I am, in general, a huge fan of Kate Atkinson’s novels. I loved Life After Life, its sequel A God in Ruins, and all of the books in her Jackson Brodie series. That’s why it pains me to say I was a bit disappointed in Transcription.
Nefertiti follows the titular character through the eyes of her sister, Mutnodjmet, from their early life through Nefertiti's swift ascent to the throne as one of history’s most powerful women. Headstrong, cunning, and limitlessly ambitious – Nefertiti defies tradition to become Egypt's first female co-regents during one of its most tumultuous and unique periods, with Mutnodjmet as her near-constant, often reluctant companion and advisor.
I absolutely love this book and consider it one of my "top 10" favorites! I did not expect to like it when a friend lent me her copy to read, but it blew me away.
The film Dunkirk tells a very important story. During the Second World War the British, French and other allied forces get surrounded at Dunkirk, a beach town in France. The limited Navy and Red-cross ships can't seem to make it back across the channel without being hit by German forces, and British fighter planes don't have the fuel capacity to be of much help. Overall, the situation is very grim. The British Navy commissions the use of any serviceable ship or boat to rescue the 300,000 some odd soldiers trapped at Dunkirk.
At the funeral of her brother, Liesel steals her first book. When she arrives at her foster home, freshly separated from her mother, she is terrified. But she does not expect the incredible kindness shown by her eccentric accordion foster father and begrudging love by her foster mother. With their help, she slowly learns to read, and shares the books she steals from book burnings and the mayor’s library to her terrified neighbors during bombing raids, as well as to the Jewish man hiding in her basement. Set in the backdrop of World War II in Germany, this book is an unforgettable story...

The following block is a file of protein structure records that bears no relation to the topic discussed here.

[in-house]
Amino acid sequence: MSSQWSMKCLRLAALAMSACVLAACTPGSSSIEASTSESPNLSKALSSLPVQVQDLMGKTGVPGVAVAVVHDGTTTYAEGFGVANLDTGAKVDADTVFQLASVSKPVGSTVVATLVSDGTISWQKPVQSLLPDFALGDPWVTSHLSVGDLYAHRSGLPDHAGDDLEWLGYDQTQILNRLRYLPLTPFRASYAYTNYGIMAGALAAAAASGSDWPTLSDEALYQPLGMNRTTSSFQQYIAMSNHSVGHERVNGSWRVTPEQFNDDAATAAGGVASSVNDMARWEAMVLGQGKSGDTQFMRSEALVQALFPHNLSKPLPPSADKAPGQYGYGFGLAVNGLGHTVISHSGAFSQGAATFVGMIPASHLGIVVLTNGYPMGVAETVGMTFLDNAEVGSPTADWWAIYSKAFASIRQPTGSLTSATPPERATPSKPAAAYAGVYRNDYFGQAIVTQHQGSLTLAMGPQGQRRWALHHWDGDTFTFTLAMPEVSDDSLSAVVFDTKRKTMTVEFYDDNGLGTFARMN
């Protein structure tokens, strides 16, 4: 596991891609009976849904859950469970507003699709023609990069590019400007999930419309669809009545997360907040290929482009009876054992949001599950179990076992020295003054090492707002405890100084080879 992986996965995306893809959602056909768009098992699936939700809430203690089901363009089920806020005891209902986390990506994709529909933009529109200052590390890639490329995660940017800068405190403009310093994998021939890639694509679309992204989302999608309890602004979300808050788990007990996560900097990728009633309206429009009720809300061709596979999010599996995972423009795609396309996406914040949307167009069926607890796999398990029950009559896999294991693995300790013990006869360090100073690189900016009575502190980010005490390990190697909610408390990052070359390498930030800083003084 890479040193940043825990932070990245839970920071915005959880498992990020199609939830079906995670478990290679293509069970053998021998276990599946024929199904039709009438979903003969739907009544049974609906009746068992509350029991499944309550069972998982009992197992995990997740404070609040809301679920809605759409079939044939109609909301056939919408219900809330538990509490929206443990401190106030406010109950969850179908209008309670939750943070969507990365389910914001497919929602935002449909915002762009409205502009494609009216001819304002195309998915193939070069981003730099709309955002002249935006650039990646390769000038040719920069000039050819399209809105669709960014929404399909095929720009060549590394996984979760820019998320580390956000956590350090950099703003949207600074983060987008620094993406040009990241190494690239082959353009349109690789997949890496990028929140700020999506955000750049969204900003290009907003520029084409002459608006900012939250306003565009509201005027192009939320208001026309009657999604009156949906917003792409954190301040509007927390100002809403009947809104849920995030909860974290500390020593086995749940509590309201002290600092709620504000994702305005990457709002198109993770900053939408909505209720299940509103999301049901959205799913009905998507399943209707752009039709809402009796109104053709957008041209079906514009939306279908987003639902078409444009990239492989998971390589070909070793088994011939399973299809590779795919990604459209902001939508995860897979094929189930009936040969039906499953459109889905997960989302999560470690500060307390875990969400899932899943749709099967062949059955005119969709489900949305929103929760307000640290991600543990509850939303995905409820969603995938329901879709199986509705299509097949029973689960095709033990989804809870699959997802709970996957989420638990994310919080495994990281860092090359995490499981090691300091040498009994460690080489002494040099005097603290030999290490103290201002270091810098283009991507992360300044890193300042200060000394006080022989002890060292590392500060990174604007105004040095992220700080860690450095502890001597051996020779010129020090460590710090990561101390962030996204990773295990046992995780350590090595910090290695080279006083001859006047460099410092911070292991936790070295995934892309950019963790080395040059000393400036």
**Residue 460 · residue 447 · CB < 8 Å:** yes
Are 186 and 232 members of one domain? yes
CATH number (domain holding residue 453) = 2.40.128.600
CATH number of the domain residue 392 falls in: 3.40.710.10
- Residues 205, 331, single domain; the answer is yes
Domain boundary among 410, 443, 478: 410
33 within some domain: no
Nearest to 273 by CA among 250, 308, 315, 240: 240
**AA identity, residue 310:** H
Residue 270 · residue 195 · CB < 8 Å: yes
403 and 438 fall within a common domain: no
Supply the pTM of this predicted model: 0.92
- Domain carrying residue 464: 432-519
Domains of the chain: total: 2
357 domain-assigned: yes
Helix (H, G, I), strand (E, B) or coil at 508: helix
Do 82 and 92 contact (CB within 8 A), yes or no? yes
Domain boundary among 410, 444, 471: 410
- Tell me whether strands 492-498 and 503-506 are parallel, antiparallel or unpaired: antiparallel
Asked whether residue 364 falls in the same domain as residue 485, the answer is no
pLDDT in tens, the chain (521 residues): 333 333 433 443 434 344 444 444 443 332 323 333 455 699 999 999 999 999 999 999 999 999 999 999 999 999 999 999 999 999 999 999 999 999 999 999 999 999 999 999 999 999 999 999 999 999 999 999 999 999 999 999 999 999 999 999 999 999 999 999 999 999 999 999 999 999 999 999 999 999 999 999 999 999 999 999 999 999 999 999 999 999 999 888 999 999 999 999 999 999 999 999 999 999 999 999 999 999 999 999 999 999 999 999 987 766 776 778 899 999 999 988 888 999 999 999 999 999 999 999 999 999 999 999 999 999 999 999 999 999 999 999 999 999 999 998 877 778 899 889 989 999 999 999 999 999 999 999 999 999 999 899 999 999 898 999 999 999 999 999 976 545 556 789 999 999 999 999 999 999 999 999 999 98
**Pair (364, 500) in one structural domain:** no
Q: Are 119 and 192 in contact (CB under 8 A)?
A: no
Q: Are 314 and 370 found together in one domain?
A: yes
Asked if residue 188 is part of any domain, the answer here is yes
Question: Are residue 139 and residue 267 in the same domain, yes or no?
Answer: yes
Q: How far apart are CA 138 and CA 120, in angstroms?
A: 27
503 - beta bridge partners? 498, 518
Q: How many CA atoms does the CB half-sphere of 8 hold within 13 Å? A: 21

This book is based on the incredible true story of the Auschwitz prisoner Dita Kraus. She was taken from the Terrezin ghetto in Prague, and she is adjusting to life in the Nazi camp with her mother and father. And when the Jewish leader Fredy Hirsch asks her to protect the 8 precious books prisoners have managed to sneak past the guards, she agrees. This is the story of how she became the librarian of Auschwitz. This girl risked her life to keep the magic of books alive during the Holocaust despite constant danger every day.
This book is at times horrifying and joyful. It contains...
The main character, d'Artagnan travels to Paris in hopes of joining the King's Musketeers, a task that takes a bit of time to accomplish. Upon his arrival, he befriends musketeers Athos, Porthos, and Aramis, and thus begins a series of adventures. A great, satirical novel that expertly entwines plots and characters. It starts off a little slow, but once the plot groundwork is established, The Three Musketeers becomes an enjoyable, lively read.
The latest in the Assassin's Creed juggernaut, Origins (available for PS4 and XBoxOne) is immediately striking due to the sheer amount of pretty. The vast expanses of desert, the detail in the cities, the shining pyramids, the stars in the sky...this game is gorgeous. Happily, it's more than just a pretty face!
This is an interesting book about prophecy, antiquity, and crime, with just a tiny bit of romance. The story is about how Semele, an appraiser for a prestigious auction house in NY, finds a 2,000 year old manuscript that was written for her. Semele discovers this manuscript while cataloging items from a recently deceased private collector in Switzerland. The collector left her a handwritten note warning her not to tell anyone about the manuscript. She realizes there must be some connection between herself and the deceased collector even though they had never met.